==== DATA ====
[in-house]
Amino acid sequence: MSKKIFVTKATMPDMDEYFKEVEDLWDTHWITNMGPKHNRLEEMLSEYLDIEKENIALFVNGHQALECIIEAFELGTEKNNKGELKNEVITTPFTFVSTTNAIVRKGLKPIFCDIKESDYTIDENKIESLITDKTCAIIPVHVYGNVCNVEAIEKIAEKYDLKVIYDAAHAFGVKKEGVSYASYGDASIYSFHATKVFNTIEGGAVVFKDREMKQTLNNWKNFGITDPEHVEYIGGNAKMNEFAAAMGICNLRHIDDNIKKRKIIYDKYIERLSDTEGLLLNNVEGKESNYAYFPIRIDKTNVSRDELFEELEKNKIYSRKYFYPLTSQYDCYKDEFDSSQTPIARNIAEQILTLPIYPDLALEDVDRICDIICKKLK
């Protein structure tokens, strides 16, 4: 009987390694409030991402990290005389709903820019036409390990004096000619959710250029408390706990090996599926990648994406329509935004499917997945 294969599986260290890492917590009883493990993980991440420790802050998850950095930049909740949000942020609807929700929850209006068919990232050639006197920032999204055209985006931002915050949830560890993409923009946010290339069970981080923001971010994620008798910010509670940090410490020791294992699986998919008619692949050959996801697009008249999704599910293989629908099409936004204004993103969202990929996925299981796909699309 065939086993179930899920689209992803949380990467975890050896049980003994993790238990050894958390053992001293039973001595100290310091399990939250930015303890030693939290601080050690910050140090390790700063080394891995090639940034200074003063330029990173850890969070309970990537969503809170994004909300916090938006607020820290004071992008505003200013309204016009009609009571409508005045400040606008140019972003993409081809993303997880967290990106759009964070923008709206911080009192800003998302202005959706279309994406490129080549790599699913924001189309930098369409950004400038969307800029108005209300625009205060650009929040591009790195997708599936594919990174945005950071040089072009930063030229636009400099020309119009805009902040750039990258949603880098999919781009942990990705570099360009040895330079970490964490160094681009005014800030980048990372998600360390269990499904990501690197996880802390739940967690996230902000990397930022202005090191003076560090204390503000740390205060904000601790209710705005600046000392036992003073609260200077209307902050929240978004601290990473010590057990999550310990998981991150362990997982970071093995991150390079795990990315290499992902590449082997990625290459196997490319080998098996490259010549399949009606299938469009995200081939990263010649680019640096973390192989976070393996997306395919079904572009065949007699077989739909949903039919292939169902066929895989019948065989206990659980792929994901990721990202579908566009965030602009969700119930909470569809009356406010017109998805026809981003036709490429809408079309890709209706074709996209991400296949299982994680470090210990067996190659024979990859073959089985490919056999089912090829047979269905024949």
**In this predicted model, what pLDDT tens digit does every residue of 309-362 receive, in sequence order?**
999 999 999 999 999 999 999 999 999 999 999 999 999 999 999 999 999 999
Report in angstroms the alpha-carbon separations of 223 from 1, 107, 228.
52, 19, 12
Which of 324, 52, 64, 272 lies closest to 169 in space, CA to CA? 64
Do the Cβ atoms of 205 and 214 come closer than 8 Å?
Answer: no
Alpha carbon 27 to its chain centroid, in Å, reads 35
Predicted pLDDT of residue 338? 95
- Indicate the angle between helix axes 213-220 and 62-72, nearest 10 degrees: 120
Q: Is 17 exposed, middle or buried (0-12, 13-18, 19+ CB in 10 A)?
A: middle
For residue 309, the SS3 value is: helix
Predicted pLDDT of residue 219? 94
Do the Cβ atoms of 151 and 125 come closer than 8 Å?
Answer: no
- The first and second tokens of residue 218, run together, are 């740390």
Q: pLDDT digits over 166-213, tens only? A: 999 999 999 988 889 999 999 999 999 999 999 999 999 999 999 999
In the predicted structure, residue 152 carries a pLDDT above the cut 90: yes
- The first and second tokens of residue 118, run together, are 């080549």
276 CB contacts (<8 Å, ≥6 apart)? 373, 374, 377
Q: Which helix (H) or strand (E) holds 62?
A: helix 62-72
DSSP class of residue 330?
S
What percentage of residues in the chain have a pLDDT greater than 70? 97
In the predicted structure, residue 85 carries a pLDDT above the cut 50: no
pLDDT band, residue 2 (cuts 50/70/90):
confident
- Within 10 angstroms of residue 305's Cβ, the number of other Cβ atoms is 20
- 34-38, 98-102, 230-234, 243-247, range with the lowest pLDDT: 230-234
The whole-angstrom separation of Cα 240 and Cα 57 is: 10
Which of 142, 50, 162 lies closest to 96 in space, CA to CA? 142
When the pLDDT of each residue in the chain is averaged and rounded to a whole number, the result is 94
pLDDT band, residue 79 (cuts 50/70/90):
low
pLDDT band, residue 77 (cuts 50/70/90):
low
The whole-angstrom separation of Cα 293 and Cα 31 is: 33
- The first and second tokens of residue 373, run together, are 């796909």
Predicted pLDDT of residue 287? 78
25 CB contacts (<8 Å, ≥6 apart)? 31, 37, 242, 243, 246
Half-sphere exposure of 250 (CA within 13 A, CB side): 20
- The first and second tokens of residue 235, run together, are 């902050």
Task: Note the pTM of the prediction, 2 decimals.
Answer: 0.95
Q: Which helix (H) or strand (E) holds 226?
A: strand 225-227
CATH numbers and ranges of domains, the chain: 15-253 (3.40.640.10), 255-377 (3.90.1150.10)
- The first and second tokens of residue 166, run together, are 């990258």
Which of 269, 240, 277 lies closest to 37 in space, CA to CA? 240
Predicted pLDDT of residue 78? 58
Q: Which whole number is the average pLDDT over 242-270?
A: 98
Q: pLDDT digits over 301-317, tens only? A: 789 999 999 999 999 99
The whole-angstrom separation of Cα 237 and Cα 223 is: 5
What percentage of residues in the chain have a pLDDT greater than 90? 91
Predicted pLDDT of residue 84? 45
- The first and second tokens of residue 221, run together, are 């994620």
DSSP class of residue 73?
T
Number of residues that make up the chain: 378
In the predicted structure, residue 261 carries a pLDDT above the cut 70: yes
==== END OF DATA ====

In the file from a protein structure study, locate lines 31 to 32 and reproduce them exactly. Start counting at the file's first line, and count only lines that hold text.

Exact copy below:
pLDDT band, residue 2 (cuts 50/70/90):
confident